Article on what Postural Orthostatic Tachycardia Syndrome feels like

People with RSD/CRPS often end up with at least a mild case of POTS, and I am one of them.  Currently the symptoms are mild, most of the time, but when POTS symptoms really kick in it really levels me.  I’ve recorded increases of 60 beats per minute in my pulse just from moving from sitting to standing, as well as other wacky symptoms.  Another fun part of POTS is explaining the disease to healthcare professionals in the cardiovascular community who’ve never heard of the disease, such as why an EKG won’t show the racing pulse when you’re lying flat on your back.  The skeptical looks like you’re trying to pull a fast one on them really makes you as the patient feel good…

2017 Apr 24


We spent the weekend in Burlington, Vermont for one of my twins’ Accepted Students Weekend at Champlain College.  It is roughly 5 1/2 hours each way of driving to get there from the Bangor, Maine area, and a good portion of it is on roads that definitely take a beating during the cold New England winter months.  Although we upgraded this year back to a minivan from a CRV in order to have more room and be more comfortable on long road trips, the roads still took their toll on my current RSD/Fibro/Frozen Shoulder combination.  The drive, though, is normally something that is fairly quickly recoverable but on Friday the drive was followed by a reception on the campus for new students and their families that culminated in over two hours of mingling in a room with over 800 people.  The noise level was deafening, especially to those of us with hypersensitive hearing due to overactive nervous systems.  Excessive loud noise levels often bring about higher pain levels for us, and this was no exception.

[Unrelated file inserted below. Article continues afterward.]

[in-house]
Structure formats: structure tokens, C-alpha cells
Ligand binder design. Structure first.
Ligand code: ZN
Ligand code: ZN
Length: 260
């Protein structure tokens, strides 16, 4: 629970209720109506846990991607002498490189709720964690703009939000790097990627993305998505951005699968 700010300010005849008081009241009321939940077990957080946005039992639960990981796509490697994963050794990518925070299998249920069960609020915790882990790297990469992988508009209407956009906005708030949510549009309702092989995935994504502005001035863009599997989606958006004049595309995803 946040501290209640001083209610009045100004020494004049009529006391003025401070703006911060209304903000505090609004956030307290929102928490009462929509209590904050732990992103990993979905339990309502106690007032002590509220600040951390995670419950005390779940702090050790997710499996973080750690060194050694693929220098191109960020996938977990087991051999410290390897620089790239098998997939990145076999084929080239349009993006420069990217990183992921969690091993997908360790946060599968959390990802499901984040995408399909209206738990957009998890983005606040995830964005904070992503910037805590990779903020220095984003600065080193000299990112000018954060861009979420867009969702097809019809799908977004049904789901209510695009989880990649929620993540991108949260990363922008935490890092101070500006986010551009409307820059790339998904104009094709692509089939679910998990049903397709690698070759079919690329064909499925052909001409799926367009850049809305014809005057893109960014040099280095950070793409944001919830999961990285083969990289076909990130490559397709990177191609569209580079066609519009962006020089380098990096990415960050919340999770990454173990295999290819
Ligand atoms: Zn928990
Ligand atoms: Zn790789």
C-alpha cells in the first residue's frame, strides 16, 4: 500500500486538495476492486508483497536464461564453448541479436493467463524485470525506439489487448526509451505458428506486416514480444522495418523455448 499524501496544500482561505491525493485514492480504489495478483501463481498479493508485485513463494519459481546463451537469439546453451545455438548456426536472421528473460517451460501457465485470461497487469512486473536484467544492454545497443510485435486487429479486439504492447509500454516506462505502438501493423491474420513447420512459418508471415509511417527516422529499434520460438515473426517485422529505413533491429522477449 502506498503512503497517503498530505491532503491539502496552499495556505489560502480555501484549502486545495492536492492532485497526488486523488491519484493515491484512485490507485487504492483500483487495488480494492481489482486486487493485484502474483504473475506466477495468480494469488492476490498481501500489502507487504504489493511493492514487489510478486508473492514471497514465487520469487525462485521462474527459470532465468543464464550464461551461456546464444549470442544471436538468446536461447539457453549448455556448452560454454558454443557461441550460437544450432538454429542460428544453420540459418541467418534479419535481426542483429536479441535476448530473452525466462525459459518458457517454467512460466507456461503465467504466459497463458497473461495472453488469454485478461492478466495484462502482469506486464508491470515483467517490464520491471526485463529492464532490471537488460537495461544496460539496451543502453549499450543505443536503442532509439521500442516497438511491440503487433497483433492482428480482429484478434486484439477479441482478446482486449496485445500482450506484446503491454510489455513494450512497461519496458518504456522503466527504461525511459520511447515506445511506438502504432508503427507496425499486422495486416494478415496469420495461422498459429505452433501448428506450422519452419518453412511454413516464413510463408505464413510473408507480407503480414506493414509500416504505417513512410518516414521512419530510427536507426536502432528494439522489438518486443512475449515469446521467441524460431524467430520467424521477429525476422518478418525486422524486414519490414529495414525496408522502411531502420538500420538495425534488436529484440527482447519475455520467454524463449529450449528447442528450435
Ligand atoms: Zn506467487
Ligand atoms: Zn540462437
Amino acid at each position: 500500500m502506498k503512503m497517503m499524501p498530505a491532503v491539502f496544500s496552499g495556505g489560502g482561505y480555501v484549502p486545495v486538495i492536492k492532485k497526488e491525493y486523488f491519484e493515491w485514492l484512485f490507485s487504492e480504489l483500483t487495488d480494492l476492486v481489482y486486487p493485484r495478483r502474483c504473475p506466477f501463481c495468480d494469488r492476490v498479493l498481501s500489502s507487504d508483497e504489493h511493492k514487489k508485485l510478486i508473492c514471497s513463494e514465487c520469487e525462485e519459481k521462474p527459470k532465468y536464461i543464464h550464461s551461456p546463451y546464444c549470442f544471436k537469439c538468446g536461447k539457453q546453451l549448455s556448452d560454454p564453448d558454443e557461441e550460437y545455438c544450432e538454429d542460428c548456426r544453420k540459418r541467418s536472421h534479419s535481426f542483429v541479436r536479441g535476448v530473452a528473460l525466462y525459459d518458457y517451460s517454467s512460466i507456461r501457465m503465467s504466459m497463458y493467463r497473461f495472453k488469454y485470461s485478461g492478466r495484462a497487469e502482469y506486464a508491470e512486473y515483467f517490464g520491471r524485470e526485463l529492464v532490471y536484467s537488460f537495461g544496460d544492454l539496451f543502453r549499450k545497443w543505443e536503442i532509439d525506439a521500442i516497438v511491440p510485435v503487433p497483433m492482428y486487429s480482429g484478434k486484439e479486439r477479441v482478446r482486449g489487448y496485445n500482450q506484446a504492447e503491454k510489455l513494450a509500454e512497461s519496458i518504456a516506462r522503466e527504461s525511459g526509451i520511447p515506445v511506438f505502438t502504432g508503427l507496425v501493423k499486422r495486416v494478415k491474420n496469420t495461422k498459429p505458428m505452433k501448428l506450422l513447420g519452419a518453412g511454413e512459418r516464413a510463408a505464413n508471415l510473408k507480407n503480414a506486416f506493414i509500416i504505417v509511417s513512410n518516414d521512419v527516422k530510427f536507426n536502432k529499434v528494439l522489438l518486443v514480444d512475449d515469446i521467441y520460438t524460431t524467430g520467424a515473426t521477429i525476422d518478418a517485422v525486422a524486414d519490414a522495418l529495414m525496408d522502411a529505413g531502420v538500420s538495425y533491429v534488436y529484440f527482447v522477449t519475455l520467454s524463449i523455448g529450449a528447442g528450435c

Due to my current battle with my Frozen Shoulder, I have been sleeping in a recliner rather than a bed for several months now.  This makes sleep even more of a challenge when we are at hotels while traveling so on this trip I went out of my way to remember my “Zero Gravity” folding chair to sleep in with not having access to a recliner.  Unfortunately I soon realized that I had grabbed the wrong chair while packing, and had brought one of my mother-in-law’s lawn chairs instead.  This ended up keeping me up a large portion of both nights in the hotel, adding to the growing physical discomfort of the weekend…

The next day was a day of tours, and briefings, and more mingling with too many people.  Not that I’m a huge fan of this anyway, due to being an introvert from way back, but not recovering from Friday before going into Saturday left me feeling pretty beat up most of the day.  Yesterday, Sunday, we drove back to Bangor.  The weather was better so it was a beautiful drive with spectacular views of Mount Washington on our way across, but the route still featured many bone jarring sections of roads.

By the time we returned home, I sought the comfort of my couch and my heating pads for the rest of the night until turning in.  Today I have physical therapy on my shoulder at the VA, which lately has been quite painful.

It was a great weekend overall and it was nice to travel, but as always with these chronic illnesses, it comes with a cost.  Another day in the life of a “Spoonie”…

Hyperbaric Oxygen Chamber

This was one of the two chambers where I received my hyperbaric oxygen therapy treatments for my RSD/CRPS.  Each “dive” subjected me to 2.5 times the normal atmospheric pressure in order to provide pressurized oxygen into my body.  The treatments helped some, but I reached a point where one of my sinuses could no longer tolerate the procedure.  I do recommend the treatments, though.

Flying Before RSD/CRPS


This was taken in 2002 when I was going through the first stage of my jet transition after being a Navy helicopter pilot.  At this point I was still fairly functional, except for only being 6 or so months out from left knee surgery for torn cartilage while I was flying freight in between the Navy and the Air Force.